Links to this page can be found in Book 1.
At the end of his book of etchings which showed the gates of Rome, Giuseppe Vasi added a sketch of the walls of Rome and of some other landmarks of the city.
Map with clickable dots
Authors differ very much in opinion with respect to the number of inhabitants which Rome contained at the period when it was most populous. Some accounts make them seven millions, and others a still greater number. These seem all to be incredible exaggerations. It is not probable, that what is properly called the city of Rome, ever extended beyond the wall built by Belisarius (Aurelian). This wall has been frequently repaired since, and is still standing; it is about thirteen or fourteen miles in circuit, which is nearly the size that Rome was of, according to Pliny, in the days of Vespasian. Those who assert, that the number of inhabitants in ancient Rome, when it was most populous, could not exceed a million, exclusive of slaves, are thought moderate in their calculation; but when we consider that the (..) Campus Martius, which is the best built part of modern Rome, was a field, without a house upon it, anciently; and that the rising ground, where St. Peter's church and the Vatican stand, was no part of old Rome; it will be difficult to conceive that ever Rome could boast a million of inhabitants.
John Moore - A View of Society and Manners in Italy - 1781
This circuit will bring into view specimens of every construction from the days of Servius Tullius down to the present; for, to save expense, Aurelian took into his walls whatever he found standing in their line; and they now include some remains of the Tullian wall, the wall of the Praetorian barracks, the facing of a bank, aqueducts, sepulchral monuments, a menagery, an amphitheatre, a pyramid. Thus do they exhibit the uncemented blocks of the Etruscan style, the reticular work of the republic, the travertine preferred by the first emperors, the alternate tufo and brick employed by their successors, and that poverty of materials which marks the declining empire. (..) Since the first dreadful breach made by Totila, the walls have been often and variously repaired; sometimes by a case of brick-work filled up with shattered marbles, rubble, shard, and mortar; in some parts the cementitious work is unfaced: here you find stone and tufo mixt in the "opus incertum" there, tufo alone laid in the Saracenic manner: the latter repairs bear the brick refinement of modern fortification.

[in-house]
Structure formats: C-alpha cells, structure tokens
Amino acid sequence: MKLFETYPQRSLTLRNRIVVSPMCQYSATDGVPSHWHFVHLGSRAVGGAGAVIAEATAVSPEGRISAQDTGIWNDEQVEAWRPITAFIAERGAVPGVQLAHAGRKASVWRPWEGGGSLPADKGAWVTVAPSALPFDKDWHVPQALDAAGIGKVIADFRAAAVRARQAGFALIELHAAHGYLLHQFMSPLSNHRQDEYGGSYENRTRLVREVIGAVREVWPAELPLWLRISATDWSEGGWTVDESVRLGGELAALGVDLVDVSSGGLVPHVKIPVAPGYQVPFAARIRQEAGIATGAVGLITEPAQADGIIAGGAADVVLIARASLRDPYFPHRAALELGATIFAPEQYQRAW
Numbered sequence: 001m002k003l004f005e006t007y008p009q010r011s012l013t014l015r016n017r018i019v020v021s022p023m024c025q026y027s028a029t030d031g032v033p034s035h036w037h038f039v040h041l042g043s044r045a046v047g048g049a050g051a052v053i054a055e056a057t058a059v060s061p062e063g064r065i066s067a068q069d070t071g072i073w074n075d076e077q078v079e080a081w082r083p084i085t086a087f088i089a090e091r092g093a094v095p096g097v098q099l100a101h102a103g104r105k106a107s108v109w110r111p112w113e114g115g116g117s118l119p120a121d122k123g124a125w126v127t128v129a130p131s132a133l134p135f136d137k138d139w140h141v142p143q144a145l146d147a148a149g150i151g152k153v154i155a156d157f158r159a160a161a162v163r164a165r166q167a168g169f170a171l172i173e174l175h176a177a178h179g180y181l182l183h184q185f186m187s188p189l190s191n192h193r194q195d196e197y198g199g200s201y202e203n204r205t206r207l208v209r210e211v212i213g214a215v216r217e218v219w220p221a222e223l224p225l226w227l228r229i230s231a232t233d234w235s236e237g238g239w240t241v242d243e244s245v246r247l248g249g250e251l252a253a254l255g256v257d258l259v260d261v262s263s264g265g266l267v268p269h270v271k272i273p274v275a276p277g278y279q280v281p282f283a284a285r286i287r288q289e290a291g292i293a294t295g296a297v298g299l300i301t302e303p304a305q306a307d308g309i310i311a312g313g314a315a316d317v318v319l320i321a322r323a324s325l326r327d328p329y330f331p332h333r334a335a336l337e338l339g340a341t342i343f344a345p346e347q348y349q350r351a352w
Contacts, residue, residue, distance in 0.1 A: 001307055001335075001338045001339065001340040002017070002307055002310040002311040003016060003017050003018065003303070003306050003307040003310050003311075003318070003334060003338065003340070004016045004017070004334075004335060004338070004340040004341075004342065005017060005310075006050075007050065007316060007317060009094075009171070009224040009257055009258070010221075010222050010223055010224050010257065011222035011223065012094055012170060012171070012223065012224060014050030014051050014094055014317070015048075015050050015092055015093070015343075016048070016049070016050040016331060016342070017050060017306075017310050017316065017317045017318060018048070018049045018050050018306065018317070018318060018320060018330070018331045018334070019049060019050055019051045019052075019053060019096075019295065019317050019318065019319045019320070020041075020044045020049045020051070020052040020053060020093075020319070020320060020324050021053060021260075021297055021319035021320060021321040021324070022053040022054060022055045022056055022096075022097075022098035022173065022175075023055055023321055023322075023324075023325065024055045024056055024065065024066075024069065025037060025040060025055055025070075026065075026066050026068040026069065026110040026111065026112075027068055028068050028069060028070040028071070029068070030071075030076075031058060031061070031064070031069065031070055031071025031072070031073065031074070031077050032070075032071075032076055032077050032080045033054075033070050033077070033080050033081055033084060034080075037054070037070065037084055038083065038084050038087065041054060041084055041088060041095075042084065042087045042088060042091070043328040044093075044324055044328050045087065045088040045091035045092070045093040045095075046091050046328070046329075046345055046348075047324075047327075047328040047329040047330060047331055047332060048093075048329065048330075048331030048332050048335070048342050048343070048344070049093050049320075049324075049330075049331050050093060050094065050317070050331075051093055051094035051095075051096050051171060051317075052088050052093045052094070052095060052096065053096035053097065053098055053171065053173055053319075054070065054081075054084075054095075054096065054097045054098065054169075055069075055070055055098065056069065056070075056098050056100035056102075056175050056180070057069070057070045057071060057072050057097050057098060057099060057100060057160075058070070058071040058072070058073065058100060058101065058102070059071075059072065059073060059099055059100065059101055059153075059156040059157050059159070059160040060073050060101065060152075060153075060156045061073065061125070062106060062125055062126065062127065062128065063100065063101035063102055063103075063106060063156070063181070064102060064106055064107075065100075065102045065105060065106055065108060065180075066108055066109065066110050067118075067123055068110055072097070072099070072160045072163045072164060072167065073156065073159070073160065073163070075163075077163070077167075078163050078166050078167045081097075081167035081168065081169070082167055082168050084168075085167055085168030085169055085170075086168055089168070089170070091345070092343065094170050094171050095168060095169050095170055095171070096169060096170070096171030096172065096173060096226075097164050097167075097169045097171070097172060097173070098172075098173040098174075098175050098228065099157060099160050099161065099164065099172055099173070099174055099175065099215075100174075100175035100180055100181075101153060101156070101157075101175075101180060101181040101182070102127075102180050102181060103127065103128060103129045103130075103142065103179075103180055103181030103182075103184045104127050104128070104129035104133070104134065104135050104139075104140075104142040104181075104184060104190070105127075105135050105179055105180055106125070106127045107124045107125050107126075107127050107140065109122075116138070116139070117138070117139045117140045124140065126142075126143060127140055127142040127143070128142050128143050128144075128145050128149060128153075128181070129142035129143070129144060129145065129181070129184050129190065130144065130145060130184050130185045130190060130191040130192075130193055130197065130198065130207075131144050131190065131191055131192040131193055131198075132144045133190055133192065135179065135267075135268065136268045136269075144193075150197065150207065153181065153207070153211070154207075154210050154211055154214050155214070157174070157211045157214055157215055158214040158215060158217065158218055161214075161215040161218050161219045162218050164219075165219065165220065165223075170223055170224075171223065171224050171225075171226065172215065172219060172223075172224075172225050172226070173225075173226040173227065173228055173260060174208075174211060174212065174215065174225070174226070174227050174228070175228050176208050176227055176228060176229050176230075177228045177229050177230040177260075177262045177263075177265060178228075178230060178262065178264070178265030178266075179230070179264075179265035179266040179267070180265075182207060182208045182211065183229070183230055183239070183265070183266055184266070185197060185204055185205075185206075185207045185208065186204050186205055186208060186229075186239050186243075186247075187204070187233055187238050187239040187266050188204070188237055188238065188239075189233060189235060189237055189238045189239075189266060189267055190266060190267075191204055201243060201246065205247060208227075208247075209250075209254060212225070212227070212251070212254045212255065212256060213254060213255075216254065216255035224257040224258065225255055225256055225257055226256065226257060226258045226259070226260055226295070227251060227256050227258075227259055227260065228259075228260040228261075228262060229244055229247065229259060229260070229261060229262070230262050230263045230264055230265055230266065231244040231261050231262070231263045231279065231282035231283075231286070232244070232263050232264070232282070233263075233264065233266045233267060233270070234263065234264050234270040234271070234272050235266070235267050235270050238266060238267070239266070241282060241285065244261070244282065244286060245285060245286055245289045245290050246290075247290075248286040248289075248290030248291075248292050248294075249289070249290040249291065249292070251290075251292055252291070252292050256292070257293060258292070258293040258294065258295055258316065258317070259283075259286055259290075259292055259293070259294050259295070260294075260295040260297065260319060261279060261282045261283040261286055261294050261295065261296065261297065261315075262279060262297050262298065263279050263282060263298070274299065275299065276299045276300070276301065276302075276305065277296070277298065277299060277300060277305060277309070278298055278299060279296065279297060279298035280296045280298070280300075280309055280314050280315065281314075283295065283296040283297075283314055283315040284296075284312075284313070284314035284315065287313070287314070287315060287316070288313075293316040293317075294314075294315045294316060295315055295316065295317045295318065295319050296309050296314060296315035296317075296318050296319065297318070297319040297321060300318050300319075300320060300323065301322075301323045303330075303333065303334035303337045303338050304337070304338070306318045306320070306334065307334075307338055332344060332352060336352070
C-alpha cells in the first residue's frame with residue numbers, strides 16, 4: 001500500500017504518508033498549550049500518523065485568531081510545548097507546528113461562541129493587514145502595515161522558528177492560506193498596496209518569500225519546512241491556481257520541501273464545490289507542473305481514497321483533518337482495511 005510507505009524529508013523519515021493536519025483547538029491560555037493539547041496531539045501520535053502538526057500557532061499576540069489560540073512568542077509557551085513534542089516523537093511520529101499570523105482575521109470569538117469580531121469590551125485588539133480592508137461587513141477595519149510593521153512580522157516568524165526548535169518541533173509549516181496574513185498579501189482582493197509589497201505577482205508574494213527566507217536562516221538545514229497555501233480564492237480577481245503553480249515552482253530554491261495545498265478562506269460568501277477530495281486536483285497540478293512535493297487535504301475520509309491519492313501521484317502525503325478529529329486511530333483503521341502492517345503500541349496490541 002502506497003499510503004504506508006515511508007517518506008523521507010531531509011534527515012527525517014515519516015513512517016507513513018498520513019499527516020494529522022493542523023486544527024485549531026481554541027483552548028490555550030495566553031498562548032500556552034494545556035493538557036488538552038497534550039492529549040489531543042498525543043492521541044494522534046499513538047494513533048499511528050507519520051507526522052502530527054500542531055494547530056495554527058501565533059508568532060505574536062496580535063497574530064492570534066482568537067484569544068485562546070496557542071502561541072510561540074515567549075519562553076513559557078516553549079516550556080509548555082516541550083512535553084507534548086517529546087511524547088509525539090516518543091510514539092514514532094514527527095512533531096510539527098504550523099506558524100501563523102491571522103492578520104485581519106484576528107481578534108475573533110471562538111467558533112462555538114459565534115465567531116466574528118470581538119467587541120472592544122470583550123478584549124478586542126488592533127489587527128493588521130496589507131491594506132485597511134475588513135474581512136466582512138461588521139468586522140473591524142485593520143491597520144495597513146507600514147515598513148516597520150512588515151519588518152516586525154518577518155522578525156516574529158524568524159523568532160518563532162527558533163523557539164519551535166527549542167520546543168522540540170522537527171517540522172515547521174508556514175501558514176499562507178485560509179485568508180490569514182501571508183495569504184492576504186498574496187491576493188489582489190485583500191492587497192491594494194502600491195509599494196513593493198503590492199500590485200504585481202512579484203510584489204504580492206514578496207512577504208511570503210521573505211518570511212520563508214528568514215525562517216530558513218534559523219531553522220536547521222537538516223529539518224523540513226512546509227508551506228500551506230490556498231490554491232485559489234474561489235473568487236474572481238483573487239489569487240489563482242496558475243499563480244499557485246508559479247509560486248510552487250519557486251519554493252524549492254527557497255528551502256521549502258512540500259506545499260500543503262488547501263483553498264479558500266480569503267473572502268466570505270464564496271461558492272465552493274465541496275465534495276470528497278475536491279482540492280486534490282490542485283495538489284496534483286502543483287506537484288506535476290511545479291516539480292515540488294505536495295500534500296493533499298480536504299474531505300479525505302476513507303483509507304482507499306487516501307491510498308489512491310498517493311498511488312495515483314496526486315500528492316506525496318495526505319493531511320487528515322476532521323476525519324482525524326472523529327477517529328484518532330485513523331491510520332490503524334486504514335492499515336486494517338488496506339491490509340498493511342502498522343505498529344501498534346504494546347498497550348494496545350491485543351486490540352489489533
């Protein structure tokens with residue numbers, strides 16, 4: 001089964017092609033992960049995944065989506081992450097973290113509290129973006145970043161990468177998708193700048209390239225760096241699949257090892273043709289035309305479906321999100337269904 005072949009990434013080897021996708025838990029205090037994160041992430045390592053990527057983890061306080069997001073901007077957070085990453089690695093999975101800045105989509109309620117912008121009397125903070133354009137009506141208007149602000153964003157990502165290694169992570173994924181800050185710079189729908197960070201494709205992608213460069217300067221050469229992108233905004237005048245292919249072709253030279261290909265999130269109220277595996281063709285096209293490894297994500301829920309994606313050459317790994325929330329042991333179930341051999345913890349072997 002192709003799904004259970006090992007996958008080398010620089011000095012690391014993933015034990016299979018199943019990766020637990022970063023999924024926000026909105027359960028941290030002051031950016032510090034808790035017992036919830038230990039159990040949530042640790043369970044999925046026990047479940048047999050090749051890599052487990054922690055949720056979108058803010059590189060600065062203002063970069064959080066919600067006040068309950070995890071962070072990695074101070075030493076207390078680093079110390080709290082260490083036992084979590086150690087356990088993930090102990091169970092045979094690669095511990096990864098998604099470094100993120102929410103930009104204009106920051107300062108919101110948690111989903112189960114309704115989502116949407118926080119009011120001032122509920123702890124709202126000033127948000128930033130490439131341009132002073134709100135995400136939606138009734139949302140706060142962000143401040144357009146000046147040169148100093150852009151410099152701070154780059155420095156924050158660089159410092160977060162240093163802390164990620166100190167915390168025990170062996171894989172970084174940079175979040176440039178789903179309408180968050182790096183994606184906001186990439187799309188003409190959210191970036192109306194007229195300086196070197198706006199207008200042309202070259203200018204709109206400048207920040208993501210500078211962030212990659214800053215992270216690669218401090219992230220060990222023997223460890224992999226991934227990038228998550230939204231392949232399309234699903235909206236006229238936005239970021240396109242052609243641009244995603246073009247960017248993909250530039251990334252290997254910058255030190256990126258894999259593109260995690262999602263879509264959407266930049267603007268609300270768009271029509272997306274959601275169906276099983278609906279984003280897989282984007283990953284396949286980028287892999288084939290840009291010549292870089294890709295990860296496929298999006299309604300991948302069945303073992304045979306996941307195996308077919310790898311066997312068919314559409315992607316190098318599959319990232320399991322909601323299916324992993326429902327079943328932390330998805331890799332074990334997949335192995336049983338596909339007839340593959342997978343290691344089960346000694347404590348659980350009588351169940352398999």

Joseph Forsyth - Remarks on Antiquities, Arts, and Letters in Italy in 1802-1803
Rome was founded on April 21, 753 BC by Romulus on the Palatine Hill. The initial settlement over time expanded on the other six hills near the Palatine. Rome had walls surrounding the seven hills (called Servian Walls), but with the expansion of the Roman Empire they were not maintained. In 275 AD Emperor Aurelian built new walls which included also a section of the city on the right bank of the river (Trastevere).
The walls around the Vatican were initially built in the IXth century and they were almost entirely rebuilt in the second half of the XVIth century by Pope Paul III and by Pope Pius IV; they included Castel Sant'Angelo. In the first half of the XVIIth century Pope Urban VIII built walls on Monte Gianicolo and redesigned the walls of Aurelian in Trastevere.
The image shown in the background of this page is based on a photo of the walls between Porta S. Sebastiano and Porta S. Paolo.
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